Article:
There has been a significant movement in the past decades to develop alternative sustainable building material such as geopolymer cement/concrete to control CO2
emission. Industrial waste contains pozzolanic minerals that fulfil requirements to develop the sustainable material such as alumino-silicate based geopolymer. For example, industrial waste such as red mud, fly ash, GBFS/GGBS (granulated blast furnace slag/ground granulated blast furnace slag), rice husk ash (RHA), and bagasse ash consist of minerals that contribute to the manufacturing of geopolymer cement/concrete. A literature review was carried out to study the different industrial waste/by-products and their chemical composition, which is vital for producing geopolymer cement, and to discuss the mechanical properties of geopolymer cement/concrete manufactured using different industrial waste/by-products. The durability, financial benefits and sustainability aspects of geopolymer cement/concrete have been highlighted. As per the experimental results from the literature, the cited industrial waste has been successfully utilized for the synthesis of dry or wet geopolymers. The review revealed that that the use of fly ash, GBFS/GGBS and RHA in geopolymer concrete resulted high compressive strength (i.e., 50 MPa–70 MPa). For high strength (>70 MPa) achievement, most of the slag and ash-based geopolymer cement/concrete in synergy with nano processed waste have shown good mechanical properties and environmental resistant. The alkali-activated geopolymer slag, red mud and fly ash based geopolymer binders give a better durability performance compared with other industrial waste. Based on the sustainability indicators, most of the geopolymers developed using the industrial waste have a positive impact on the environment, society and economy.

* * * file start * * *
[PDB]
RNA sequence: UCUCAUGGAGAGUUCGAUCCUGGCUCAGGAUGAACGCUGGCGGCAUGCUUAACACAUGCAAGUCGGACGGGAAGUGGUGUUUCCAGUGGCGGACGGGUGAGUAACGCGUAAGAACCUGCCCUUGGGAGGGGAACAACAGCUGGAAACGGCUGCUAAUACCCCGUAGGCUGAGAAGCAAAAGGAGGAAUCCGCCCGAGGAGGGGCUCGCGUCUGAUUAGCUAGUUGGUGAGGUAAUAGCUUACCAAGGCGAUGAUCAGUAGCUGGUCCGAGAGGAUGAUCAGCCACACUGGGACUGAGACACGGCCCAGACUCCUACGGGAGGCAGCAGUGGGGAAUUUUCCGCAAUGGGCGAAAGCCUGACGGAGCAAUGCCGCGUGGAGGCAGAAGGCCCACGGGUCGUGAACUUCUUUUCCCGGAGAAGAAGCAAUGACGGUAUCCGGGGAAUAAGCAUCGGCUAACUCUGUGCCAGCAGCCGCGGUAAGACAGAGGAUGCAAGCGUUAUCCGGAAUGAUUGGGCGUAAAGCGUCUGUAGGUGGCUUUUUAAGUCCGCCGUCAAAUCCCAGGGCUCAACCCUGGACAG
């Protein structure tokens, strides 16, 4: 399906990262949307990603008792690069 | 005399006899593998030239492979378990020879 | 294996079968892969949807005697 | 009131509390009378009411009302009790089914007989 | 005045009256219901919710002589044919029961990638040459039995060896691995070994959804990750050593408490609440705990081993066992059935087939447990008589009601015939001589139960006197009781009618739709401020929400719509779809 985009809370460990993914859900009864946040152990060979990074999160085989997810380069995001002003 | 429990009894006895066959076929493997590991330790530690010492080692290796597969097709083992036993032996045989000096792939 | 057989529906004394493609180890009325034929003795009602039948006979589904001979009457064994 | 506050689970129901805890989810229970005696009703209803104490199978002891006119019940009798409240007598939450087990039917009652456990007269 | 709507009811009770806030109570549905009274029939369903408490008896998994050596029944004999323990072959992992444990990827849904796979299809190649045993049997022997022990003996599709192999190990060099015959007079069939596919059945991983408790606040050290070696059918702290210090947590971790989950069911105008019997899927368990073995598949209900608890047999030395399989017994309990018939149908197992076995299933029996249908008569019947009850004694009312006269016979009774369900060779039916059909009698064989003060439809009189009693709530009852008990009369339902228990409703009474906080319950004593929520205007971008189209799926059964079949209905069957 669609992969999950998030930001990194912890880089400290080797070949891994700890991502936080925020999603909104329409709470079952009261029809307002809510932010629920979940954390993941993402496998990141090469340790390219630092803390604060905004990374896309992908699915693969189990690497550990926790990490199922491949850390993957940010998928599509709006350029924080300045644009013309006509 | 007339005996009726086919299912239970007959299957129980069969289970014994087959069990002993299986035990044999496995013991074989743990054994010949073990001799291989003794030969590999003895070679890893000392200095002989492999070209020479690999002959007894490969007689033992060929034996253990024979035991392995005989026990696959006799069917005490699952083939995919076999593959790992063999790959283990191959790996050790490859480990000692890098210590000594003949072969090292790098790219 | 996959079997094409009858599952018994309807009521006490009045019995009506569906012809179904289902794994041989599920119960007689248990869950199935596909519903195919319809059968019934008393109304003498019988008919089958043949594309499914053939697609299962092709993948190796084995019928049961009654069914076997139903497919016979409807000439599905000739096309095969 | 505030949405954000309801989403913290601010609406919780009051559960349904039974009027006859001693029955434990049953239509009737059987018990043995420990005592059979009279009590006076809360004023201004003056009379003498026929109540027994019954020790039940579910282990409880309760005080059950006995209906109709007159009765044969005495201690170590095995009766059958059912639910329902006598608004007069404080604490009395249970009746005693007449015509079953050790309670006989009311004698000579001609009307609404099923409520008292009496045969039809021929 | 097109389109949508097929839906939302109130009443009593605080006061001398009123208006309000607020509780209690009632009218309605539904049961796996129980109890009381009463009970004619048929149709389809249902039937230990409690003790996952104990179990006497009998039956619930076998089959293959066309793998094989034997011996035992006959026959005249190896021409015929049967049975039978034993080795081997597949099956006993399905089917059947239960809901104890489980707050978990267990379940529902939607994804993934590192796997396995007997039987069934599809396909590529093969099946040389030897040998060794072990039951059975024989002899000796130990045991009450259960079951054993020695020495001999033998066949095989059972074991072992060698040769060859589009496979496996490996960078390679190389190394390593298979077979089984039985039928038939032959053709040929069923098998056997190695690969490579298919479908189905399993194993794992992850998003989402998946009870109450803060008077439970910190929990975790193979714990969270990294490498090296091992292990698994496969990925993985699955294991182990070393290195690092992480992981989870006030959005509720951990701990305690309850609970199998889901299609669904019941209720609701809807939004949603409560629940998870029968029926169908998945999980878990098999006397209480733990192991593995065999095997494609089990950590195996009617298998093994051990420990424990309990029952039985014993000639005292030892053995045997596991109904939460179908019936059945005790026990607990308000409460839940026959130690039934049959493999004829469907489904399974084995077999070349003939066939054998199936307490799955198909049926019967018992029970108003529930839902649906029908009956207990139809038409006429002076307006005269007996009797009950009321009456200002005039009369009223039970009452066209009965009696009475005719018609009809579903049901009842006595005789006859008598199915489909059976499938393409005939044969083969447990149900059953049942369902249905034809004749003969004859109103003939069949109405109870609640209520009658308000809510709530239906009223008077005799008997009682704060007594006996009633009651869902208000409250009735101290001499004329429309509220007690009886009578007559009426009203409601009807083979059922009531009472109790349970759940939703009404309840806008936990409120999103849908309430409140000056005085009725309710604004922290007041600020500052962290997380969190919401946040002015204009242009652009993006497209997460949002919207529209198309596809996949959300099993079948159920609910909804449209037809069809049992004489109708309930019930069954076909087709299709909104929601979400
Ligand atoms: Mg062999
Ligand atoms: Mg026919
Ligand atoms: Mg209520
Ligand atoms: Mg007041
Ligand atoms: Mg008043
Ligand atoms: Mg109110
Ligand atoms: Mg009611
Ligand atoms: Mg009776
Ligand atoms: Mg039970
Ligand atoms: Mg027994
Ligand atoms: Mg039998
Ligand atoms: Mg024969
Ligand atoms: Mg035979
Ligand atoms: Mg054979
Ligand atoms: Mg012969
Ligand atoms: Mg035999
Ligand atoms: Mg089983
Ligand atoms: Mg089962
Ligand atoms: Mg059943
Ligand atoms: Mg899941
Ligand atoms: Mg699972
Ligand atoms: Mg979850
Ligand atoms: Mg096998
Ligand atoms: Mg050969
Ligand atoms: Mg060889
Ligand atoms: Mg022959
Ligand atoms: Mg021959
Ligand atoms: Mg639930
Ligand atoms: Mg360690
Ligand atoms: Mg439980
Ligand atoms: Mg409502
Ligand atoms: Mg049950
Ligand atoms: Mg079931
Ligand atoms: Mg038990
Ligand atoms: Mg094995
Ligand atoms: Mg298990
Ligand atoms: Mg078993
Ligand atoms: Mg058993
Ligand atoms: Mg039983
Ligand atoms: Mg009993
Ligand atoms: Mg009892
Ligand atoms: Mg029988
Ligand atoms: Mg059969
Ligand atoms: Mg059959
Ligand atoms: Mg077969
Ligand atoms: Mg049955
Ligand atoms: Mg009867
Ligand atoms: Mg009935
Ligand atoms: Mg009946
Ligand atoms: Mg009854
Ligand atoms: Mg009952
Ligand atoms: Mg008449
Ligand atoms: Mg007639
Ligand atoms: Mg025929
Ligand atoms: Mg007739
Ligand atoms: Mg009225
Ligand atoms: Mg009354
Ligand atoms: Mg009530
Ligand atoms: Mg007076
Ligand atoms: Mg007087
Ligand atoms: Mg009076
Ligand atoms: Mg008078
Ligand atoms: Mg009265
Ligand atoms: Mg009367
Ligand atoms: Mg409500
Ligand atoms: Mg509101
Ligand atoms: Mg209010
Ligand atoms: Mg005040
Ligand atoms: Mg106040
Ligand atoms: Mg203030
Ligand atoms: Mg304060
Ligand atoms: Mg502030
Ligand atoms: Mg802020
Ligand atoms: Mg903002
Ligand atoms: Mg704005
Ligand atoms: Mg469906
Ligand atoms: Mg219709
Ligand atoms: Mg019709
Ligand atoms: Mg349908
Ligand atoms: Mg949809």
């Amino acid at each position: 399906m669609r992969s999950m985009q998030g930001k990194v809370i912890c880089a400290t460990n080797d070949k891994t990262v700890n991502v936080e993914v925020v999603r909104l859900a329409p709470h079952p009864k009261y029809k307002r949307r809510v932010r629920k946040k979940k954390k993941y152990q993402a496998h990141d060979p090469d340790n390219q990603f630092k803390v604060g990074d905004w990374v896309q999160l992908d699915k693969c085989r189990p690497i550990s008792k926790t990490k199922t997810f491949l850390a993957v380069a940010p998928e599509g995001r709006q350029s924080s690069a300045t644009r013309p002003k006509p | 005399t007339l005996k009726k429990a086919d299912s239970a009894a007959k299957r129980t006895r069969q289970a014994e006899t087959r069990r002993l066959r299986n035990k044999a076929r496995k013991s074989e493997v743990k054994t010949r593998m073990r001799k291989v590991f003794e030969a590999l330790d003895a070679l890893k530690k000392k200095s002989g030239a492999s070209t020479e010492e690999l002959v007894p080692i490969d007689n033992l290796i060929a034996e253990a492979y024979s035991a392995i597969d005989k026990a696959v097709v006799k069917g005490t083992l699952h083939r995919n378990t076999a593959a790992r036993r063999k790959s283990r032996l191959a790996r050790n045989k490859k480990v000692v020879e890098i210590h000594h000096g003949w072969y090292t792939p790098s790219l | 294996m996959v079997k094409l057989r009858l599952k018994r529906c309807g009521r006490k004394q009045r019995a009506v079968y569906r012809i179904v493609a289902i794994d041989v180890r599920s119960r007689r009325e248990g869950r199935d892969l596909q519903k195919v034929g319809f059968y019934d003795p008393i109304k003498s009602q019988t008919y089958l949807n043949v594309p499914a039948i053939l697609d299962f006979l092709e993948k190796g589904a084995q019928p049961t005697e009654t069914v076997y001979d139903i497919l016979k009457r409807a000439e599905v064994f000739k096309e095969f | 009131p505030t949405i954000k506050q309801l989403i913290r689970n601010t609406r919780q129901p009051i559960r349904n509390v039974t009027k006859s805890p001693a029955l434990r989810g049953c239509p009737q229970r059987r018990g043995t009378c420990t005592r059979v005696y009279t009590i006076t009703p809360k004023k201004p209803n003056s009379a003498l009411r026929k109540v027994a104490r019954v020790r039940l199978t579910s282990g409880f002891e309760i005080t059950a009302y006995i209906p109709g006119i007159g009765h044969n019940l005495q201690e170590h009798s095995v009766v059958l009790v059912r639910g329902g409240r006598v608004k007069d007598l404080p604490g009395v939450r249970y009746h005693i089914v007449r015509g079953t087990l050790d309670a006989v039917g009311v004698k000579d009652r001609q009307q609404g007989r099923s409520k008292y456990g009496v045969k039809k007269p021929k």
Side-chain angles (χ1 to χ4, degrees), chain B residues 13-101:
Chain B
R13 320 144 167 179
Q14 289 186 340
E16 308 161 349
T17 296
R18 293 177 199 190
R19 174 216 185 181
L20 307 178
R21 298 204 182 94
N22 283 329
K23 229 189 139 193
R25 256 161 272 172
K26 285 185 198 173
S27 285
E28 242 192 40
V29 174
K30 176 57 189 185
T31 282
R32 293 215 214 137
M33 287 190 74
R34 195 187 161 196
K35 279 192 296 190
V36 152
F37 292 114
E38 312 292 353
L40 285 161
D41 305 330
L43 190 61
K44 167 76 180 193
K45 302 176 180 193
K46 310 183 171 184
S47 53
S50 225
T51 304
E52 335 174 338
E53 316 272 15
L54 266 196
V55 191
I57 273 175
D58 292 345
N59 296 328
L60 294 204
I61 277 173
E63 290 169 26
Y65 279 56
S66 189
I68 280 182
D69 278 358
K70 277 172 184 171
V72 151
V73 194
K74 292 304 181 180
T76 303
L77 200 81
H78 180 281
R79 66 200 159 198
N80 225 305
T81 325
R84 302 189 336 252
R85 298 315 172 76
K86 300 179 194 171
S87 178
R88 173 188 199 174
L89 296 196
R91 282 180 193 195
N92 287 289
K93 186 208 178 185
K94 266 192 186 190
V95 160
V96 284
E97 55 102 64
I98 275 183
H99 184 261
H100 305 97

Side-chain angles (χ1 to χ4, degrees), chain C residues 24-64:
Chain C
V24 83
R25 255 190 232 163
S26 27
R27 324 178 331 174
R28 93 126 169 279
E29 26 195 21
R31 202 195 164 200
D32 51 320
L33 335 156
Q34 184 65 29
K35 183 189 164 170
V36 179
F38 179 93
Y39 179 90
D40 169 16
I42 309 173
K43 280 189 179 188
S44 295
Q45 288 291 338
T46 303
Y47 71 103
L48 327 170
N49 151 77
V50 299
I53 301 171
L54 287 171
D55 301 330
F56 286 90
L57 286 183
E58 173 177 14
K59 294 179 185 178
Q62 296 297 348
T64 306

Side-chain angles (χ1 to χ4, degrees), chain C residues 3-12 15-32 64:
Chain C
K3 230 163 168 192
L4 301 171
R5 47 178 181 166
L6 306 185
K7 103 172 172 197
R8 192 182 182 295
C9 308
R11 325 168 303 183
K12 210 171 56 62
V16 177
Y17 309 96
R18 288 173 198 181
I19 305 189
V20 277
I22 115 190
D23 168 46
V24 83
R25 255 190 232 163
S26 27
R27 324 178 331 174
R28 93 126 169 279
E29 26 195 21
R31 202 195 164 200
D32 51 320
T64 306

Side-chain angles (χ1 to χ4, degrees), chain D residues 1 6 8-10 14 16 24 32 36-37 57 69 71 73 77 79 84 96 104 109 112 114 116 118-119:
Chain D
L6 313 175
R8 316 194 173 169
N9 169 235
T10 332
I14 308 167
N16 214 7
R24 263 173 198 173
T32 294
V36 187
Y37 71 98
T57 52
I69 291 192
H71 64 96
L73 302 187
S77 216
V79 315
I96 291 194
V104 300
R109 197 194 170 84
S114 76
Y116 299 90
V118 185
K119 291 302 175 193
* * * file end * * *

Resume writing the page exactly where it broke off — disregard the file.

This is an open access article distributed under the Creative Commons Attribution License
which permits unrestricted use, distribution, and reproduction in any medium, provided the original work is properly cited